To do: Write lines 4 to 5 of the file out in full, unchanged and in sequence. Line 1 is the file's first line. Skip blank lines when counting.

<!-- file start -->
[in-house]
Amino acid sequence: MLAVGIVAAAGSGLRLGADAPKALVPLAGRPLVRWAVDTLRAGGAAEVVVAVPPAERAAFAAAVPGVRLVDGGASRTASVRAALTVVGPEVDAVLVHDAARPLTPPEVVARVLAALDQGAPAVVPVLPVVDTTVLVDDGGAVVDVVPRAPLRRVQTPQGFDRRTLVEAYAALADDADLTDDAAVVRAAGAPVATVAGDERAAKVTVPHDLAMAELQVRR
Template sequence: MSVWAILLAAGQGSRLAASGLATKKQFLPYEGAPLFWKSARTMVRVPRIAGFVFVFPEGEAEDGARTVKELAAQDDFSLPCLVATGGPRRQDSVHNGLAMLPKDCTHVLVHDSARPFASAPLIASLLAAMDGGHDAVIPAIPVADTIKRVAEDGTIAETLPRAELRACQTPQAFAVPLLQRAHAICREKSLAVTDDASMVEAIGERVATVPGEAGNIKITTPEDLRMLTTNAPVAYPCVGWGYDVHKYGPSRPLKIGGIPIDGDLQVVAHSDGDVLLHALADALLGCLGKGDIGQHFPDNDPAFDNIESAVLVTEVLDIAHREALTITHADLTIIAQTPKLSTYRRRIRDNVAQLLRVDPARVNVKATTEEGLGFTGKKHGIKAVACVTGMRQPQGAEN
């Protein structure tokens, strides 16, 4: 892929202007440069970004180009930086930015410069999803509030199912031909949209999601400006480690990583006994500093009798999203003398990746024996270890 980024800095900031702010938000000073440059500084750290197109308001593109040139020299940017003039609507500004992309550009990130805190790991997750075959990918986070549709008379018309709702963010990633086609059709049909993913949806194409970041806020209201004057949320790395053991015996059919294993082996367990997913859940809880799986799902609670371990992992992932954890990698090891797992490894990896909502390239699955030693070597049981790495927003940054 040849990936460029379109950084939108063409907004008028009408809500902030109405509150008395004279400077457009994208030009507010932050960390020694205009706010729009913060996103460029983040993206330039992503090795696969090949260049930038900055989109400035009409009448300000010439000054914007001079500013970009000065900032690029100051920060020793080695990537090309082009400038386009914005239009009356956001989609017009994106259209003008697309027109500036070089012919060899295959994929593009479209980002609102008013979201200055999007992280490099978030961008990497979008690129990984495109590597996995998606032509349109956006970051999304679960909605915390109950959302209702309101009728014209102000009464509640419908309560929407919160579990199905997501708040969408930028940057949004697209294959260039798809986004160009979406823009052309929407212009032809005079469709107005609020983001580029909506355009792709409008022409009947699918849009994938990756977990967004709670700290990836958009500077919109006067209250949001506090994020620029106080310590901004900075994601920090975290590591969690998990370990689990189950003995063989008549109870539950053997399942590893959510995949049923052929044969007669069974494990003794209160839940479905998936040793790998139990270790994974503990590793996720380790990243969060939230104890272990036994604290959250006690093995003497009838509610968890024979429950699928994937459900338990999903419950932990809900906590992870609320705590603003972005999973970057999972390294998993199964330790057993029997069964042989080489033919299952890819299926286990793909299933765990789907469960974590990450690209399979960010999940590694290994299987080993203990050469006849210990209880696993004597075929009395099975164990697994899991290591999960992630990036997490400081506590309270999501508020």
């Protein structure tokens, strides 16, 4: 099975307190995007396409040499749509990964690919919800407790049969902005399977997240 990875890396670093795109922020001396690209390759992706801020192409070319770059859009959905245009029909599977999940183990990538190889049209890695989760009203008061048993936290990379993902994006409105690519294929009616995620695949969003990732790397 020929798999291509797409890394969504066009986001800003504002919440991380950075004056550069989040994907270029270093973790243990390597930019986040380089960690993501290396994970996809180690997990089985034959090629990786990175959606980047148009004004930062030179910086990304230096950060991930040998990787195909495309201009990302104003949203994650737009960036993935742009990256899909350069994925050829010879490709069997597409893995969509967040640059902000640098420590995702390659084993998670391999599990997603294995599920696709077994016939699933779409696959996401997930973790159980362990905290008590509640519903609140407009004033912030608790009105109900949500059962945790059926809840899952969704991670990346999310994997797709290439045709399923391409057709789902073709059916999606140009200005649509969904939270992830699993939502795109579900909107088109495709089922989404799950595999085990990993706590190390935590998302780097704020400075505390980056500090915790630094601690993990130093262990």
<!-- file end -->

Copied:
């Protein structure tokens, strides 16, 4: 892929202007440069970004180009930086930015410069999803509030199912031909949209999601400006480690990583006994500093009798999203003398990746024996270890 980024800095900031702010938000000073440059500084750290197109308001593109040139020299940017003039609507500004992309550009990130805190790991997750075959990918986070549709008379018309709702963010990633086609059709049909993913949806194409970041806020209201004057949320790395053991015996059919294993082996367990997913859940809880799986799902609670371990992992992932954890990698090891797992490894990896909502390239699955030693070597049981790495927003940054 040849990936460029379109950084939108063409907004008028009408809500902030109405509150008395004279400077457009994208030009507010932050960390020694205009706010729009913060996103460029983040993206330039992503090795696969090949260049930038900055989109400035009409009448300000010439000054914007001079500013970009000065900032690029100051920060020793080695990537090309082009400038386009914005239009009356956001989609017009994106259209003008697309027109500036070089012919060899295959994929593009479209980002609102008013979201200055999007992280490099978030961008990497979008690129990984495109590597996995998606032509349109956006970051999304679960909605915390109950959302209702309101009728014209102000009464509640419908309560929407919160579990199905997501708040969408930028940057949004697209294959260039798809986004160009979406823009052309929407212009032809005079469709107005609020983001580029909506355009792709409008022409009947699918849009994938990756977990967004709670700290990836958009500077919109006067209250949001506090994020620029106080310590901004900075994601920090975290590591969690998990370990689990189950003995063989008549109870539950053997399942590893959510995949049923052929044969007669069974494990003794209160839940479905998936040793790998139990270790994974503990590793996720380790990243969060939230104890272990036994604290959250006690093995003497009838509610968890024979429950699928994937459900338990999903419950932990809900906590992870609320705590603003972005999973970057999972390294998993199964330790057993029997069964042989080489033919299952890819299926286990793909299933765990789907469960974590990450690209399979960010999940590694290994299987080993203990050469006849210990209880696993004597075929009395099975164990697994899991290591999960992630990036997490400081506590309270999501508020």
């Protein structure tokens, strides 16, 4: 099975307190995007396409040499749509990964690919919800407790049969902005399977997240 990875890396670093795109922020001396690209390759992706801020192409070319770059859009959905245009029909599977999940183990990538190889049209890695989760009203008061048993936290990379993902994006409105690519294929009616995620695949969003990732790397 020929798999291509797409890394969504066009986001800003504002919440991380950075004056550069989040994907270029270093973790243990390597930019986040380089960690993501290396994970996809180690997990089985034959090629990786990175959606980047148009004004930062030179910086990304230096950060991930040998990787195909495309201009990302104003949203994650737009960036993935742009990256899909350069994925050829010879490709069997597409893995969509967040640059902000640098420590995702390659084993998670391999599990997603294995599920696709077994016939699933779409696959996401997930973790159980362990905290008590509640519903609140407009004033912030608790009105109900949500059962945790059926809840899952969704991670990346999310994997797709290439045709399923391409057709789902073709059916999606140009200005649509969904939270992830699993939502795109579900909107088109495709089922989404799950595999085990990993706590190390935590998302780097704020400075505390980056500090915790630094601690993990130093262990």